Abstract 1462

Poster Board I-485

Klf1/Eklf regulates a diverse suite of genes to direct erythroid cell differentiation from bi-potent progenitors. To determine the local cis-regulatory contexts and transcription factor networks in which Klf1 works, we performed Klf1 ChIP-seq using the SOLiD deep sequencing platform. We mapped more than 10 million unique 35mer tags and found ∼1500 sites in the genome of primary fetal liver erythroid cells are occupied by endogenous Klf1. Many reside within well characterised erythroid gene promoters (e.g. b-globin) or enhancers (e.g. E2f2 intron 1), but some are >100kb from any known gene. We tested a number of Klf1 bound promoter and intragenic sites for activity in erythroid cell lines and zebrafish. Our data suggests Klf1 directly regulates most aspects of terminal erythroid differentiation including synthesis of the hemoglobin tetramer, construction of a deformable red cell membrane and cytoskeleton, bimodal regulation of proliferation, and co-ordination of anti-apoptosis and enucleation pathways. Additionally, we suggest new mechanisms for Klf1 co-operation with other transcription factors such as those of the gata, ets and myb families based on over-representation and spatial constraints of their binding motifs in the vicinity of Klf1-bound promoters and enhancers. Finally, we have identified a group of ∼100 Klf1-occupied sites in fetal liver which overlap with Klf4-occupied sites in ES cells defined by Klf4 ChIP-seq. These sites are associated with genes controlling the cell cycle and proliferation and are Klf4-dependent in skin, gut and ES cells, suggesting a global paradigm for Klfs as regulators of differentiation in many, if not all, cell types.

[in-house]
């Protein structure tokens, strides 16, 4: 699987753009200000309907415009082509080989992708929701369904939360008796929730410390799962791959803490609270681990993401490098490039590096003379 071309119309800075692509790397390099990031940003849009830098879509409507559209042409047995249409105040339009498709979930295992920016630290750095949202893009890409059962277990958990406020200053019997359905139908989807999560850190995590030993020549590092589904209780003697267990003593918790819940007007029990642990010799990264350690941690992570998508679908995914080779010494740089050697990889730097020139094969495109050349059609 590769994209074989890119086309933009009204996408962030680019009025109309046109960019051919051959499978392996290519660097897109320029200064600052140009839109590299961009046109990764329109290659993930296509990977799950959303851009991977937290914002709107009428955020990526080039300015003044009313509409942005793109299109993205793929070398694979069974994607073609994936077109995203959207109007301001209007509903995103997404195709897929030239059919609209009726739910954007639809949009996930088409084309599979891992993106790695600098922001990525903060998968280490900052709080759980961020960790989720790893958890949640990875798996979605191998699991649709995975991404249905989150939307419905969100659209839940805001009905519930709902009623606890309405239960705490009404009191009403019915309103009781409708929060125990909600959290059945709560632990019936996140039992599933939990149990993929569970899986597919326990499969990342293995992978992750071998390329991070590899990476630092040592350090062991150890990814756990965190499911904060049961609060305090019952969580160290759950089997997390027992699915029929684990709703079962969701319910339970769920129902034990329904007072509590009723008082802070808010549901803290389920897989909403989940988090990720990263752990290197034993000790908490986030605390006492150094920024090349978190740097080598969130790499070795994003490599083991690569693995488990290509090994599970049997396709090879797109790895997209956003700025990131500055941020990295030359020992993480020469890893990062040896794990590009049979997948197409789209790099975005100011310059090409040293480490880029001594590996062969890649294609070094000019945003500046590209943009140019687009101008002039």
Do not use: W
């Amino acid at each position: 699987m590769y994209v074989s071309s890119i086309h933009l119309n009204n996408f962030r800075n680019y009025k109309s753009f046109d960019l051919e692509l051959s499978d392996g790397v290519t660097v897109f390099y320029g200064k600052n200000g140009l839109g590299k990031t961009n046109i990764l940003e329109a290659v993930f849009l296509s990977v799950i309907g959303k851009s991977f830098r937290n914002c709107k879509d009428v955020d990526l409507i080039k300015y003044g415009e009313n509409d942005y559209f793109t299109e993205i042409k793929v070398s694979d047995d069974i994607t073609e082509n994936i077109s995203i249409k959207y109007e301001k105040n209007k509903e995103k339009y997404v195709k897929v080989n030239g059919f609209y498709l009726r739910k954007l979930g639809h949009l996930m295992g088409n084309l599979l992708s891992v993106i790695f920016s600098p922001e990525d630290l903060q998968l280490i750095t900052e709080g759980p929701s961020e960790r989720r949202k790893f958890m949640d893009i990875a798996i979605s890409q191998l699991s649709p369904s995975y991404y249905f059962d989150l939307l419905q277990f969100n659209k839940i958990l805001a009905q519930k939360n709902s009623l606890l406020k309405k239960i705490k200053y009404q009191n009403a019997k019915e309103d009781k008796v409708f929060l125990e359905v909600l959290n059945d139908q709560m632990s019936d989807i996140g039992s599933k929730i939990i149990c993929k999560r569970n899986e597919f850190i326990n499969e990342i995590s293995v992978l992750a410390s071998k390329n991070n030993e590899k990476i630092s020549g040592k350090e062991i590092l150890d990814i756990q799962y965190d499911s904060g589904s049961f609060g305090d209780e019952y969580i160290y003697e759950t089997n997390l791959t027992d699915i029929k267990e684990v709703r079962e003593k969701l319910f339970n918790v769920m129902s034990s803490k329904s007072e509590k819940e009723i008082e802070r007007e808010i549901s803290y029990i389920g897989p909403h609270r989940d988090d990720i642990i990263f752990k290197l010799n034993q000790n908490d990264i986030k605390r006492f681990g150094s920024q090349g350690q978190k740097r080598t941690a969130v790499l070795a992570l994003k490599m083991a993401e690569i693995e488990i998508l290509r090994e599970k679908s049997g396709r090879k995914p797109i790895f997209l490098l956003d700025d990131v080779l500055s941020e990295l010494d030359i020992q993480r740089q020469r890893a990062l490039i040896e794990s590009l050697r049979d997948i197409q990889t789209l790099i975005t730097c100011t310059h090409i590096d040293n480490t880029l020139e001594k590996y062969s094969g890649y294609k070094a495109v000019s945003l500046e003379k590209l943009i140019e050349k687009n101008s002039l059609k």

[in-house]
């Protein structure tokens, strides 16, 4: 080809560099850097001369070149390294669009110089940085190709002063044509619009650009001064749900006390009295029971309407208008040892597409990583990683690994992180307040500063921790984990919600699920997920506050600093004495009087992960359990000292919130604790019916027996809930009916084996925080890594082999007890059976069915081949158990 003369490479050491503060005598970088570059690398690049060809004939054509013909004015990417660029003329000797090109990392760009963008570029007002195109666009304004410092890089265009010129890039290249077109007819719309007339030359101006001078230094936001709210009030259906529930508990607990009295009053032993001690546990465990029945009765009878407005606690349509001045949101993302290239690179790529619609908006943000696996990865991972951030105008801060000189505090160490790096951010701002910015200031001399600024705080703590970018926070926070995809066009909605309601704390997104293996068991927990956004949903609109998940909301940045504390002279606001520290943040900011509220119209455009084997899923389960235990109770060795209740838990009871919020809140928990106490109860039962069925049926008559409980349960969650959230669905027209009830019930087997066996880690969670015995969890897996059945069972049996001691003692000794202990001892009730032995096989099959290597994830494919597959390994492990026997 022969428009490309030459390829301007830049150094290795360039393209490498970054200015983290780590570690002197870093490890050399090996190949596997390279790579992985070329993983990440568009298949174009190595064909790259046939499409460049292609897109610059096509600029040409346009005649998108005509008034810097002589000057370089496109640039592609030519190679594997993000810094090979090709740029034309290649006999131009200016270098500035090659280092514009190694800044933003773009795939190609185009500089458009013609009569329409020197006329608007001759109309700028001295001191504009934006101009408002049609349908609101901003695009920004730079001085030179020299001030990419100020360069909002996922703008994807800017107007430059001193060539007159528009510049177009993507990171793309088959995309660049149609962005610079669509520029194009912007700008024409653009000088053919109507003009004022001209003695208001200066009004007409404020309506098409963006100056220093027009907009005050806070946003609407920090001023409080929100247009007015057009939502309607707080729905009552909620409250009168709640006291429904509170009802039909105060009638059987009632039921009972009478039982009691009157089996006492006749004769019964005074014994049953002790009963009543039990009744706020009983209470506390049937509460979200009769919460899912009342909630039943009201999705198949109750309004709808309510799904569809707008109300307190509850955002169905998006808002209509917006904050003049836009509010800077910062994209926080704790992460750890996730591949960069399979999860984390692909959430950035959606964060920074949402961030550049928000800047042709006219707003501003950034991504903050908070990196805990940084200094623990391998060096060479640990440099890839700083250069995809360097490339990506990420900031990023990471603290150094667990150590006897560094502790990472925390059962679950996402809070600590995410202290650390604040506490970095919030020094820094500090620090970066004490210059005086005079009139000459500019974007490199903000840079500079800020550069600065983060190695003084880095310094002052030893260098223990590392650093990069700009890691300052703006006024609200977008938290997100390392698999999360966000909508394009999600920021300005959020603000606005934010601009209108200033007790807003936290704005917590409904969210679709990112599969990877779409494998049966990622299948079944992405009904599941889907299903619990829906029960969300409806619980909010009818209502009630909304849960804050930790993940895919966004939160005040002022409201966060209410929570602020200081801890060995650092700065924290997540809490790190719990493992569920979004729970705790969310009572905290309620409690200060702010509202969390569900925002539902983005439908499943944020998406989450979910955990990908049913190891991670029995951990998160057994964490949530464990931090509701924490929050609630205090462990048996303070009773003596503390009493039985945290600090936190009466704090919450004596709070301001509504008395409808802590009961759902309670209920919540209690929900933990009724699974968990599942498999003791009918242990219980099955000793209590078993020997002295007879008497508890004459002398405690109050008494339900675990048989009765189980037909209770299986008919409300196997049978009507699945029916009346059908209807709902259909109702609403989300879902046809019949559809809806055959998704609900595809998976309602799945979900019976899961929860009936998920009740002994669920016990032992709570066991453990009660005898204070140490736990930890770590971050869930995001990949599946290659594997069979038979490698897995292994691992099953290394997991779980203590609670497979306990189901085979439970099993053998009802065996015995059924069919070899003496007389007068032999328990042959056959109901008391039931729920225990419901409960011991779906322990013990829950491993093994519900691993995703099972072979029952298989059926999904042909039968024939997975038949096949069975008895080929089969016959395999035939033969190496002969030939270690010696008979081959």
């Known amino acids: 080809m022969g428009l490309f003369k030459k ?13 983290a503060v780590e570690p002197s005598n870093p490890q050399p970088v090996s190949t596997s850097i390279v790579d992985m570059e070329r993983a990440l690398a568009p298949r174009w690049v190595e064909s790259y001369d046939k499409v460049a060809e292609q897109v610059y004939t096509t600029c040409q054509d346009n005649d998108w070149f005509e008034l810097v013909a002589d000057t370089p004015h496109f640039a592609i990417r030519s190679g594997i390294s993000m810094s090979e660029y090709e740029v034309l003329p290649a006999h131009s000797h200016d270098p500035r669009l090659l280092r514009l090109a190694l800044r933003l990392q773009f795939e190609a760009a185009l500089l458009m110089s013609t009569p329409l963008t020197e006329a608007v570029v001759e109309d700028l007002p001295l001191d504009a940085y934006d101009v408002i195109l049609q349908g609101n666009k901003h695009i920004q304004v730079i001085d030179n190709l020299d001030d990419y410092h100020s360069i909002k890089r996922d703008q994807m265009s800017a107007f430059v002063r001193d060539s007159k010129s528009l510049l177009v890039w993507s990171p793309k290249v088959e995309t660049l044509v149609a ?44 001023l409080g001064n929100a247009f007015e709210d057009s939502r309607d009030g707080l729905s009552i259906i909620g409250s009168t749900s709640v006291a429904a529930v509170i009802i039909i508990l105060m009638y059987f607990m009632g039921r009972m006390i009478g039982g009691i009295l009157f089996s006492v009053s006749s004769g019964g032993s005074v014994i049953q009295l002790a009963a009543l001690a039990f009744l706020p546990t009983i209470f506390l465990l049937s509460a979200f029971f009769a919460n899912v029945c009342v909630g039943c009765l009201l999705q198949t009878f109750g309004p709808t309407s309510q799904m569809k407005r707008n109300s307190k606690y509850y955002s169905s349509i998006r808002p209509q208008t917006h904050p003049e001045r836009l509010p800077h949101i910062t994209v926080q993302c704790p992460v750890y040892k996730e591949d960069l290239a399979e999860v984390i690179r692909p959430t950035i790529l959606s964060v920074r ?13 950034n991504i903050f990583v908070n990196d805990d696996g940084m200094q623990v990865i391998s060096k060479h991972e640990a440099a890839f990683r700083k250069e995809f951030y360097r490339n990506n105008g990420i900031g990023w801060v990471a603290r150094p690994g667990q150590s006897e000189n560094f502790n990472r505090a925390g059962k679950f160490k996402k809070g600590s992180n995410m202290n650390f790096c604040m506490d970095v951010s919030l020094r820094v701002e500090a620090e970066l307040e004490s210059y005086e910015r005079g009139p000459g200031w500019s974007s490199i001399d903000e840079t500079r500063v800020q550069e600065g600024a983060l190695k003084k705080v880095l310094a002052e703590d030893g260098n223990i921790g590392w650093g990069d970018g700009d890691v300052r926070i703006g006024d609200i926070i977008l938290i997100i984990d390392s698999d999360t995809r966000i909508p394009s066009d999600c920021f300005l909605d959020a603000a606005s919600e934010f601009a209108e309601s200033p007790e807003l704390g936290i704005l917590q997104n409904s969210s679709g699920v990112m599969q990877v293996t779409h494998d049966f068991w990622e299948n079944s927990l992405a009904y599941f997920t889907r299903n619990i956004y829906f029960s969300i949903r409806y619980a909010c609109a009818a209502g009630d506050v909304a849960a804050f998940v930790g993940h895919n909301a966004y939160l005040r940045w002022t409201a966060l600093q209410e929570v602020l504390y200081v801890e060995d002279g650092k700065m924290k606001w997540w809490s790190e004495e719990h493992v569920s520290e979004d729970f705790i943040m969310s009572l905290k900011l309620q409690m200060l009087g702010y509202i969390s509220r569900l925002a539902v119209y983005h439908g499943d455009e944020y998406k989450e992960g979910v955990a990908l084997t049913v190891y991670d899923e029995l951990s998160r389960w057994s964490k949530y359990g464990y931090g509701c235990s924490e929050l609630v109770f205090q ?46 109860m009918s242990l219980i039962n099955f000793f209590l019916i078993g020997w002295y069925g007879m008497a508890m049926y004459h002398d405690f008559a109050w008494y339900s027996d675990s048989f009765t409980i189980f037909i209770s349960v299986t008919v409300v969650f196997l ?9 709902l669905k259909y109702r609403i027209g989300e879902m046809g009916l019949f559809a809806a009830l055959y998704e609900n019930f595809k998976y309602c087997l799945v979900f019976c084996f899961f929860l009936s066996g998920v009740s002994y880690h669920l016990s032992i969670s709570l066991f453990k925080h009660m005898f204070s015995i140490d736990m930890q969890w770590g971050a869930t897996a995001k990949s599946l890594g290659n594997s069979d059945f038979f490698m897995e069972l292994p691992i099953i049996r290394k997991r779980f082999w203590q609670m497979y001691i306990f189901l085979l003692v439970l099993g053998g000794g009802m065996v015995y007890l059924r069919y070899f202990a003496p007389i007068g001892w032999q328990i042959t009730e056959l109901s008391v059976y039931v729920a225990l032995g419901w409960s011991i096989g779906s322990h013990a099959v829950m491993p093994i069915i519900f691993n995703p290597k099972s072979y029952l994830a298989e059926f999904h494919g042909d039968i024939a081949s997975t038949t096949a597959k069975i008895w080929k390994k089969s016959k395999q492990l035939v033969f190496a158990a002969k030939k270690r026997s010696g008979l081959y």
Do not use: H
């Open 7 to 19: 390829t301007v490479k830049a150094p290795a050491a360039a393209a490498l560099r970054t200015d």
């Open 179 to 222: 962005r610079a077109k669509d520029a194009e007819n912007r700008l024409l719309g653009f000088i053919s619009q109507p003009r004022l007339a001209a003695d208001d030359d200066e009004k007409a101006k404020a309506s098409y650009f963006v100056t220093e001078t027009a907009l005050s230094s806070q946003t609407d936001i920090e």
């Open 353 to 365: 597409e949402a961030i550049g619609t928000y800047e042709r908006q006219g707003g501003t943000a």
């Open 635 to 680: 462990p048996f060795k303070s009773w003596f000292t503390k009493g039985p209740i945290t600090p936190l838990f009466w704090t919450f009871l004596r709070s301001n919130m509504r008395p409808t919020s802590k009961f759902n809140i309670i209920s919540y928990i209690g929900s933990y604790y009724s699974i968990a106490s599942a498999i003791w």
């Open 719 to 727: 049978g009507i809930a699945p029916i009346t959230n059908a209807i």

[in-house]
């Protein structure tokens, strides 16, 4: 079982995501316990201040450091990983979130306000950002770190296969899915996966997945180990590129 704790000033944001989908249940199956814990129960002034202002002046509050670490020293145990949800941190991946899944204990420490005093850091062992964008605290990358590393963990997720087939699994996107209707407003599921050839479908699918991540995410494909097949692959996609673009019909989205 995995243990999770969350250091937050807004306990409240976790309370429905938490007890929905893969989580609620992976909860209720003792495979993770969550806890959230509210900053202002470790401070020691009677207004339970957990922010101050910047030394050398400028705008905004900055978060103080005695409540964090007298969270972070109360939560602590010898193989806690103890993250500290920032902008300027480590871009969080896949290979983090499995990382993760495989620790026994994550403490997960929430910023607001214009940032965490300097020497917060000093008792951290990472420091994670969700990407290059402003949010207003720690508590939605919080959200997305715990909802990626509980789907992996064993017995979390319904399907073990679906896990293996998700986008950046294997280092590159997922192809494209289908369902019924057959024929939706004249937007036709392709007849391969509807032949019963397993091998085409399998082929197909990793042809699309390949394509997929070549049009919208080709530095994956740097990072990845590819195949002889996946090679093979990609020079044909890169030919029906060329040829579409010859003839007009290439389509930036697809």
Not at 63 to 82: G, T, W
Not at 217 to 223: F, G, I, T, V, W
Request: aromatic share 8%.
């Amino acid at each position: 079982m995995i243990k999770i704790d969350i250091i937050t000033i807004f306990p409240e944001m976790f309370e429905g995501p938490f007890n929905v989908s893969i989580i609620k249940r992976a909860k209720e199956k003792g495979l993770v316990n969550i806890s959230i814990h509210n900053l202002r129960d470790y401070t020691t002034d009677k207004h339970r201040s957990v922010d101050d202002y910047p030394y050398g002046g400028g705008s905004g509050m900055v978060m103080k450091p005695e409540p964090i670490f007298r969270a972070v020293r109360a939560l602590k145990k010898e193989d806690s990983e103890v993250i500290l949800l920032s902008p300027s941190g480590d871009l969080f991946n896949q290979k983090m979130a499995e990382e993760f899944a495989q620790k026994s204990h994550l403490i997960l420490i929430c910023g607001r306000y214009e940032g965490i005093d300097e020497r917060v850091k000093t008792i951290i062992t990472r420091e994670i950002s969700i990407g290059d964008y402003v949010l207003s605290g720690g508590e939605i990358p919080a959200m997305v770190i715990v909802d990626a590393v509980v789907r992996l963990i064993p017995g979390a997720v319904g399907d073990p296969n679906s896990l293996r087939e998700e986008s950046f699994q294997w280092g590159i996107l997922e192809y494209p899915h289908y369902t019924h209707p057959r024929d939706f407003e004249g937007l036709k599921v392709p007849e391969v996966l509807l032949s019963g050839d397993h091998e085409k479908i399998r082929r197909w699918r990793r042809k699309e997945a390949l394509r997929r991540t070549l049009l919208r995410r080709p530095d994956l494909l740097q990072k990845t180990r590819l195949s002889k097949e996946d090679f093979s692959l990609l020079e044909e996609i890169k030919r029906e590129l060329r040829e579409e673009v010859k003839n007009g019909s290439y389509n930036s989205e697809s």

No relevant conflicts of interest to declare.

Author notes


Asterisk with author names denotes non-ASH members.